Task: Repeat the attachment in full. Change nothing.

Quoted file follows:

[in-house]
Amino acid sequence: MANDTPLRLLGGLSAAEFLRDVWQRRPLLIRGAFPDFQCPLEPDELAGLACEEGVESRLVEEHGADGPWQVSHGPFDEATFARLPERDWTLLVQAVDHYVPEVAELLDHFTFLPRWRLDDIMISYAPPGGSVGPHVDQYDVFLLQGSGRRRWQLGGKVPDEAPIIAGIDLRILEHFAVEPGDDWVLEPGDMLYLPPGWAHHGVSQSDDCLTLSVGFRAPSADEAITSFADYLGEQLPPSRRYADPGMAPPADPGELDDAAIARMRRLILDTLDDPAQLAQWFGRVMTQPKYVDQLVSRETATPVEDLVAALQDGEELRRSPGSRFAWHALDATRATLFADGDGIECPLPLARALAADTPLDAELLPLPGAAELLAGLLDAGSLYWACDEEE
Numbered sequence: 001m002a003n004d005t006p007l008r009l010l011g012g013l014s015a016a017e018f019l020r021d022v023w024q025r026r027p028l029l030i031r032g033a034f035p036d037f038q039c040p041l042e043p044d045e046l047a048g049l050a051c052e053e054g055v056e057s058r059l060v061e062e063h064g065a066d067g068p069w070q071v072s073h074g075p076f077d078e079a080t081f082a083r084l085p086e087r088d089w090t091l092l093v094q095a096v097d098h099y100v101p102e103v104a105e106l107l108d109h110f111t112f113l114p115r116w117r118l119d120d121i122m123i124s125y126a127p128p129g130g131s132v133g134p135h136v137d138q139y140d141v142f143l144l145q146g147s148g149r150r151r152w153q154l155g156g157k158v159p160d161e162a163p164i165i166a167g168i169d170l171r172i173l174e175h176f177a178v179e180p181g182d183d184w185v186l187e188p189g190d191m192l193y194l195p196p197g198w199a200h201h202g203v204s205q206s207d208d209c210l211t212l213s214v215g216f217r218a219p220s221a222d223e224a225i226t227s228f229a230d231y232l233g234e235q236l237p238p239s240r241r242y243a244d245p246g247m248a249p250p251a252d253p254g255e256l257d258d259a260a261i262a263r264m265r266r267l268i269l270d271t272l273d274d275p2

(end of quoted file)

[in-house]
Amino acid sequence: MANDTPLRLLGGLSAAEFLRDVWQRRPLLIRGAFPDFQCPLEPDELAGLACEEGVESRLVEEHGADGPWQVSHGPFDEATFARLPERDWTLLVQAVDHYVPEVAELLDHFTFLPRWRLDDIMISYAPPGGSVGPHVDQYDVFLLQGSGRRRWQLGGKVPDEAPIIAGIDLRILEHFAVEPGDDWVLEPGDMLYLPPGWAHHGVSQSDDCLTLSVGFRAPSADEAITSFADYLGEQLPPSRRYADPGMAPPADPGELDDAAIARMRRLILDTLDDPAQLAQWFGRVMTQPKYVDQLVSRETATPVEDLVAALQDGEELRRSPGSRFAWHALDATRATLFADGDGIECPLPLARALAADTPLDAELLPLPGAAELLAGLLDAGSLYWACDEEE
Numbered sequence: 001m002a003n004d005t006p007l008r009l010l011g012g013l014s015a016a017e018f019l020r021d022v023w024q025r026r027p028l029l030i031r032g033a034f035p036d037f038q039c040p041l042e043p044d045e046l047a048g049l050a051c052e053e054g055v056e057s058r059l060v061e062e063h064g065a066d067g068p069w070q071v072s073h074g075p076f077d078e079a080t081f082a083r084l085p086e087r088d089w090t091l092l093v094q095a096v097d098h099y100v101p102e103v104a105e106l107l108d109h110f111t112f113l114p115r116w117r118l119d120d121i122m123i124s125y126a127p128p129g130g131s132v133g134p135h136v137d138q139y140d141v142f143l144l145q146g147s148g149r150r151r152w153q154l155g156g157k158v159p160d161e162a163p164i165i166a167g168i169d170l171r172i173l174e175h176f177a178v179e180p181g182d183d184w185v186l187e188p189g190d191m192l193y194l195p196p197g198w199a200h201h202g203v204s205q206s207d208d209c210l211t212l213s214v215g216f217r218a219p220s221a222d223e224a225i226t227s228f229a230d231y232l233g234e235q236l237p238p239s240r241r242y243a244d245p246g247m248a249p250p251a252d253p254g255e256l257d258d259a260a261i262a263r264m265r266r267l268i269l270d271t272l273d274d275p2